April 13, 2018
Sun Devils operate annual summer camps for children of parents diagnosed with cancer, at no cost to the families
It is mid-July and hundreds of children are running around the grounds at Camp Tontozona in Payson. From the outside, the smiling, giggling children look just like the thousands of other kids their age who attend summer camp each year.
This place, however, is different.
This is Camp Kesem, where the attendees are children of parents affected by cancer and the volunteer counselors are students from Arizona State University.
KesemThe group chose the word Kesem, which means “magic” in Hebrew, because its goal was to bring “magic” to families coping with cancer. was founded at Stanford in 2000 as a way to provide a distraction for those kids who suffer from the harsh daily realities of dealing with a parent's serious illness. It has since expanded to over 100 chapters in 40 states across the country, including the ASU camp that is run, organized and funded completely by students.
"We give our campers the ability to transform their life while they go through an impossibly difficult time," said Ashlyn Gonzales, the director of Camp Kesem at ASU. "Kids leave our camp a totally new person and it isn't uncommon for parents to ask us what happened to the kid they dropped off. We're able to give them connections with other children who can normalize what they're going through."
Support at every level
Gonzales, a psychology major, is a senior at ASU and has held her director position at Kesem for the past two years. She works year-round along with her staff of ASU students to prepare the two, one-week camps held during the summer.
Her Kesem ties date back to her first year on campus, when the organization helped her through a personal loss of her own.
"I joined my freshman year because I was lost and alone as an out-of-state student," she said. "I lost my dad in a motorcycle accident my senior year of high school and then had to move away from my support system. I was thinking about transferring back home until I found Kesem, so we can not only transform the lives of our campers but of the student volunteers as well."
Those volunteers donate their time by preparing various activities for the visiting children while also providing emotional support through sit-downs and chats with the campers throughout the week.
The campers come from all around Arizona. Some even graduate to become counselors-in-training by the time they are 17, going through a mentoring process that includes help with résumé building and college applications and professional development skills.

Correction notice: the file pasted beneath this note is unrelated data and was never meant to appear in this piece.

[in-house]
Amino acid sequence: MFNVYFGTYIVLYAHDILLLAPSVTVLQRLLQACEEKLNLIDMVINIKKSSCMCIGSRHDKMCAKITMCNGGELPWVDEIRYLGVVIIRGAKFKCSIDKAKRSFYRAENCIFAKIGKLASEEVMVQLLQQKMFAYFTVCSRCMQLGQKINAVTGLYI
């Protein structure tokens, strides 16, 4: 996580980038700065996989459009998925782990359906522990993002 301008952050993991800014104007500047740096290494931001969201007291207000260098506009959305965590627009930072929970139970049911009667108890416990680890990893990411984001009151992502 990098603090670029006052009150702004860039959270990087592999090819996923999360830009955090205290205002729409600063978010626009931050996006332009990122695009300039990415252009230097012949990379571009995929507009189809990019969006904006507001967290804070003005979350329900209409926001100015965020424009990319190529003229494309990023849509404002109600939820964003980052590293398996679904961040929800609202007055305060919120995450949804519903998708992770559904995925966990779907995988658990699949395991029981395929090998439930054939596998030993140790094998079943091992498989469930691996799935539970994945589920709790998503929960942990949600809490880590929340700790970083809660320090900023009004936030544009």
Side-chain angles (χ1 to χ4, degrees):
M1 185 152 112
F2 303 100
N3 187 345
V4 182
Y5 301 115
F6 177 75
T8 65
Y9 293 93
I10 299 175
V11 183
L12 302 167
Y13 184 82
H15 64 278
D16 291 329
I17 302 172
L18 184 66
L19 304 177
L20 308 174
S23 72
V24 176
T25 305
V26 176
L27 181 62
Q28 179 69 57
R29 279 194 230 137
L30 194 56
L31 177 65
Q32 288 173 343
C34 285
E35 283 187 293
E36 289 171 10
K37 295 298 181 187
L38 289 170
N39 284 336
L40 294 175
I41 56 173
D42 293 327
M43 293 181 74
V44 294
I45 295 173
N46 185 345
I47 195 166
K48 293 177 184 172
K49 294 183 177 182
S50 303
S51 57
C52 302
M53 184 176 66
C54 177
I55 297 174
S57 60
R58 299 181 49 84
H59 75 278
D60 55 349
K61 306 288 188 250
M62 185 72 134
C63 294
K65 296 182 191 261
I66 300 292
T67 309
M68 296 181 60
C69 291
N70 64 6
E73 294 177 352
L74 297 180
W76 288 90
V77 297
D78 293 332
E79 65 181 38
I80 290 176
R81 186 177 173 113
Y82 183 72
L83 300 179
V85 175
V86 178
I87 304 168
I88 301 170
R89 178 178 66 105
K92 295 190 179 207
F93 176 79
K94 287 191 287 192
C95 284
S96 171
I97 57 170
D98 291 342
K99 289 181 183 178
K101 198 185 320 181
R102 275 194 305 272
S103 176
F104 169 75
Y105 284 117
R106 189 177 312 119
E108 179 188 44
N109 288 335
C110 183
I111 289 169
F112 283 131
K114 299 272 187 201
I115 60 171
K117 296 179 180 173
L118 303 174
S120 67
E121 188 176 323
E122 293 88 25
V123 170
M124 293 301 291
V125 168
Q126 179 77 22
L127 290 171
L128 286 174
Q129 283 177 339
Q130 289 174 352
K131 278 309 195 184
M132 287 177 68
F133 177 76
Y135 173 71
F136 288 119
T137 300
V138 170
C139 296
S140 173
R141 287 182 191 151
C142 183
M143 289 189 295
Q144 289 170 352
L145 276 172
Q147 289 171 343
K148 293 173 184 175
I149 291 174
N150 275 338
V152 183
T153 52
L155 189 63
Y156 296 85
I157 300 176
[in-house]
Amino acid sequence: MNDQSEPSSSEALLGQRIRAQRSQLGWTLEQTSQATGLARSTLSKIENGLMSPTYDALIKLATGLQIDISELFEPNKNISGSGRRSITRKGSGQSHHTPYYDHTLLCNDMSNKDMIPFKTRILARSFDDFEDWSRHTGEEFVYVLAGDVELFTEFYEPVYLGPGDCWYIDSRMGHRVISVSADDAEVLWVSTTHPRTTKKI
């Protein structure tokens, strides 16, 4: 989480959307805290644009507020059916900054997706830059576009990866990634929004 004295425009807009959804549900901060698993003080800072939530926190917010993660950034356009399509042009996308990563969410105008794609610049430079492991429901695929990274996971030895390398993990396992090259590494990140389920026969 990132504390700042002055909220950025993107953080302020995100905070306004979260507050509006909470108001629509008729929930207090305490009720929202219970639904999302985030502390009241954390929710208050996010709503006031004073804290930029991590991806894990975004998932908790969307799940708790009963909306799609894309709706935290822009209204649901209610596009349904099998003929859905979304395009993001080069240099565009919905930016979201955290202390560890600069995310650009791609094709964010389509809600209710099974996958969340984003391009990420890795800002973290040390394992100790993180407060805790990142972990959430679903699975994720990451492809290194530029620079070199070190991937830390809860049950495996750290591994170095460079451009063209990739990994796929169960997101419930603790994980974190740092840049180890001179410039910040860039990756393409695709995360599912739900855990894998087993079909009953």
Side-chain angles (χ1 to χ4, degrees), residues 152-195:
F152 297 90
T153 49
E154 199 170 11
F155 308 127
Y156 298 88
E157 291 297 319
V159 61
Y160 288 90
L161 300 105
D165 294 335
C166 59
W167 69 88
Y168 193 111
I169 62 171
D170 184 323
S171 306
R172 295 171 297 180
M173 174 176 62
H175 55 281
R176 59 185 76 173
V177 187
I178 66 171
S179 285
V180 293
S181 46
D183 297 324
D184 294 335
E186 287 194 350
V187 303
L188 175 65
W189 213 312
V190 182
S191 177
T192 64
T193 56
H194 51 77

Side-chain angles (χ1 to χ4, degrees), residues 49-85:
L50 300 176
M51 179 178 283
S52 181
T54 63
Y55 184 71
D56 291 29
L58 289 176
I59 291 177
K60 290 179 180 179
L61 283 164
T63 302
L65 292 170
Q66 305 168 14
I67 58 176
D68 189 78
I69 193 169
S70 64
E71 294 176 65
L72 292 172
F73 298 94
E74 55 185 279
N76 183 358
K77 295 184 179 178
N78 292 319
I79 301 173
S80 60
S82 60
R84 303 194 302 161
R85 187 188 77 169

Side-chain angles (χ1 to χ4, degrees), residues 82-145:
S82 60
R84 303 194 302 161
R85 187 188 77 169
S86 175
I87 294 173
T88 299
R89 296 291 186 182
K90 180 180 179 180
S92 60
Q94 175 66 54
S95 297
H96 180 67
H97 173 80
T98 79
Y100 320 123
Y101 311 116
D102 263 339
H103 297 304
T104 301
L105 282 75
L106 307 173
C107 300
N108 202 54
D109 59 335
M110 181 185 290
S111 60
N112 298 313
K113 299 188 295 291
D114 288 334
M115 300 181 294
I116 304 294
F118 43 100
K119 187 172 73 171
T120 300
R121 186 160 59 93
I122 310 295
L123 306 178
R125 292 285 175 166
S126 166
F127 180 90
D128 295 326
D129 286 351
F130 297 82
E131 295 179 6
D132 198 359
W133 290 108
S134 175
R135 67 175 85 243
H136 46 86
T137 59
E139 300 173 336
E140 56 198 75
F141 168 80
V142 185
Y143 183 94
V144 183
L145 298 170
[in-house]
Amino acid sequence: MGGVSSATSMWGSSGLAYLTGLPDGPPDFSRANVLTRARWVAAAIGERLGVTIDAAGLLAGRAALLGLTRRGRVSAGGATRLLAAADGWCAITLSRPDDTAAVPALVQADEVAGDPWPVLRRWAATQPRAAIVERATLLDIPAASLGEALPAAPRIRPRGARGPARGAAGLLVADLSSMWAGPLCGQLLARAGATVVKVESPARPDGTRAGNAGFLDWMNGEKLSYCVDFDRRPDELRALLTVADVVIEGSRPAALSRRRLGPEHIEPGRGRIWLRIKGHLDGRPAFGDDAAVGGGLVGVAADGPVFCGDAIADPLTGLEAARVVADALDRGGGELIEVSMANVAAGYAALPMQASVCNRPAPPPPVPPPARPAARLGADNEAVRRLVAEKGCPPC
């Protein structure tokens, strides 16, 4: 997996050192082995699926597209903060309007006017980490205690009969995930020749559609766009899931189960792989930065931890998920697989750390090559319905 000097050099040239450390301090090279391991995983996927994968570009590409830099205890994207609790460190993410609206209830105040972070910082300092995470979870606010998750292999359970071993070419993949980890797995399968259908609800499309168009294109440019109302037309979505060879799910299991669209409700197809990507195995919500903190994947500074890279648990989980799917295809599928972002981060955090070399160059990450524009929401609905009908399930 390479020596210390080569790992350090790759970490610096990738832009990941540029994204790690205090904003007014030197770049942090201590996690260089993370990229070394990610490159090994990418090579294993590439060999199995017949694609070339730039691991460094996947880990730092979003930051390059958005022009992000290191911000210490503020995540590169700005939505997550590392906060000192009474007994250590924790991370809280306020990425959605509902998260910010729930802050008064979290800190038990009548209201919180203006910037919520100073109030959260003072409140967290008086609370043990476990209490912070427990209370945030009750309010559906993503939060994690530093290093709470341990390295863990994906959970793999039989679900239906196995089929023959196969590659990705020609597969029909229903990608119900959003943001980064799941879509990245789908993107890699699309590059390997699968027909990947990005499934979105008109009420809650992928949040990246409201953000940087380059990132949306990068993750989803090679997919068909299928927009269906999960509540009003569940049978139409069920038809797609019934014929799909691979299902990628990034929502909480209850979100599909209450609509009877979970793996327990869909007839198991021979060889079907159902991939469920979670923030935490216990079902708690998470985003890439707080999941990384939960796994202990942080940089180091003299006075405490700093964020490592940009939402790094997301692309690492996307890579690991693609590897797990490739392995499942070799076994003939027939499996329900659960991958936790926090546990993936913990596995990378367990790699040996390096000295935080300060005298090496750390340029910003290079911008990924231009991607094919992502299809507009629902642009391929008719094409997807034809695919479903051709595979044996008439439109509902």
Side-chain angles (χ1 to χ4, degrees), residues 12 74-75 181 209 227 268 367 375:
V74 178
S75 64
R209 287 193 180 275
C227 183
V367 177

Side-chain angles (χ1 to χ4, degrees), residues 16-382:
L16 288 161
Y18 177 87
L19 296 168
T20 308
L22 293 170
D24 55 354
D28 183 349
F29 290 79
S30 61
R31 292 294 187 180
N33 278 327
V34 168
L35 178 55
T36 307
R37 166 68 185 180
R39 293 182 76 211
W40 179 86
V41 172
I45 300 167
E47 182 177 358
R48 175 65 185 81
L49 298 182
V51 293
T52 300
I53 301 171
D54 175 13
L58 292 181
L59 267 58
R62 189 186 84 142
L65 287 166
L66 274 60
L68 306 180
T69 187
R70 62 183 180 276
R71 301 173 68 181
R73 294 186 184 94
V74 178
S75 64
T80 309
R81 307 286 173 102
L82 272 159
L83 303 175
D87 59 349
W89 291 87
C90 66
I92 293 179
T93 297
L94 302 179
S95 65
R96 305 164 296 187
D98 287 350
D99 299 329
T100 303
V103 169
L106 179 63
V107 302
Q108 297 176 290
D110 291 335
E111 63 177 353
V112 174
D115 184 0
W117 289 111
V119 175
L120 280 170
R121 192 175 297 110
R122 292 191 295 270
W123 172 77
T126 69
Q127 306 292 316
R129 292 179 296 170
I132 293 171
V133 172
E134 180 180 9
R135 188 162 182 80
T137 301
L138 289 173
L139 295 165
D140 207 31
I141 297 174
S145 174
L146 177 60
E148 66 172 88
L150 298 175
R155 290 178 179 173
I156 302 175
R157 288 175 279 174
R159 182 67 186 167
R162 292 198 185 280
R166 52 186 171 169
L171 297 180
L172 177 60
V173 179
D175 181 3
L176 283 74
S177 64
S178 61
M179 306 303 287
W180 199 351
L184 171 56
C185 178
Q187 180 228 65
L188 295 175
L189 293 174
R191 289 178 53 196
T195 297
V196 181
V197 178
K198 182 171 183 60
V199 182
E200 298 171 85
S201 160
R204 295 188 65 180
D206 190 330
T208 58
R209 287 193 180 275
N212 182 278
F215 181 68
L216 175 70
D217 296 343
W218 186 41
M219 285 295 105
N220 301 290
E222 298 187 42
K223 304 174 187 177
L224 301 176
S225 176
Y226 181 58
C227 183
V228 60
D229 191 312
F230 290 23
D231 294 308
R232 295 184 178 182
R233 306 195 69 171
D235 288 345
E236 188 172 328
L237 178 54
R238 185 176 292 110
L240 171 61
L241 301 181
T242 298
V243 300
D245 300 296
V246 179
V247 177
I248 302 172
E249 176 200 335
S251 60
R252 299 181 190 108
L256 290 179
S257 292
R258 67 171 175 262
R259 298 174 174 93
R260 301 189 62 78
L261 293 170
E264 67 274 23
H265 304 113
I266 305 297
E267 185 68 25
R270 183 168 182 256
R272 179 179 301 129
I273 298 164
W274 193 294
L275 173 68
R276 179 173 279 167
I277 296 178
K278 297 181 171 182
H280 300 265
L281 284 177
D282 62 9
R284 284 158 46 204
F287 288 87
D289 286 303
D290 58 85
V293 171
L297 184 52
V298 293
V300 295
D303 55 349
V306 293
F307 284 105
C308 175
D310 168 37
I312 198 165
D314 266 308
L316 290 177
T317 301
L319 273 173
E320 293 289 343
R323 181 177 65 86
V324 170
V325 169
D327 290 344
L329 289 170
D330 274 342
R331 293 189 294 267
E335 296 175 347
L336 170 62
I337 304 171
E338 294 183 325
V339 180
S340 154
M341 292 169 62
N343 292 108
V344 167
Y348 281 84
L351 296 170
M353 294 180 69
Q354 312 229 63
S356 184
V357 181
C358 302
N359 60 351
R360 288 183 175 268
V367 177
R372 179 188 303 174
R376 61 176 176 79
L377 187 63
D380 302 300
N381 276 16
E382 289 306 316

In the past four years, eight counselors-in-training have gone on to attend ASU and become Camp Kesem counselors themselves.
'Camp names' gives kids freedom
Butterfly. Merida. Viper.
Those nicknames and many, many more are used throughout camp by both volunteers and children as a way to "become someone else" for a week.
Vanessa Villalobos (aka Ponyo) is only a sophomore at ASU but serves as one of the organization's top fundraisers. She says that the camp names help give everyone a sense of freedom while they are away.
"It really helps our campers identify themselves as their own person and not as someone with a parent who has cancer," Villalobos said. "They can be free from all the constraints that hold them back and just have fun as a kid."
Annual fundraising gala on tap
Outside of the two camp weeks, this is the biggest time of the year for Camp Kesem at ASU. It's gala time.
Make the Magic, the camp's yearly fundraiser, happens on April 20. The gala gives the volunteers an opportunity to show the outside world just how special Kesem can be.
“It is aimed at bringing together community members and supporters of Camp Kesem," said Villalobos, this year's Make the Magic coordinator. "This year's gala will be a dinner in which a past counselor, camper and camper parent (who is also an ASU professor) speak and show the impact the camp can have on the lives of the people involved."
The goal this year is to send 120 children to Camp Kesem, which will total about $60,000.
"To make an impact on a child that lasts a lifetime is a feeling that you cannot fully explain," Villalobos said. "It's really priceless."
This year's camp dates are July 8–13 and July 15–21. To support Camp Kesem, you can purchase tickets to Make the Magic or make a donation.
Top photo: Counselors and class of 2017 graduates Sarah Haller (left) and Sammy Zecher assist the check-in table at last year's camp. Photo courtesy of Camp Kesem at ASU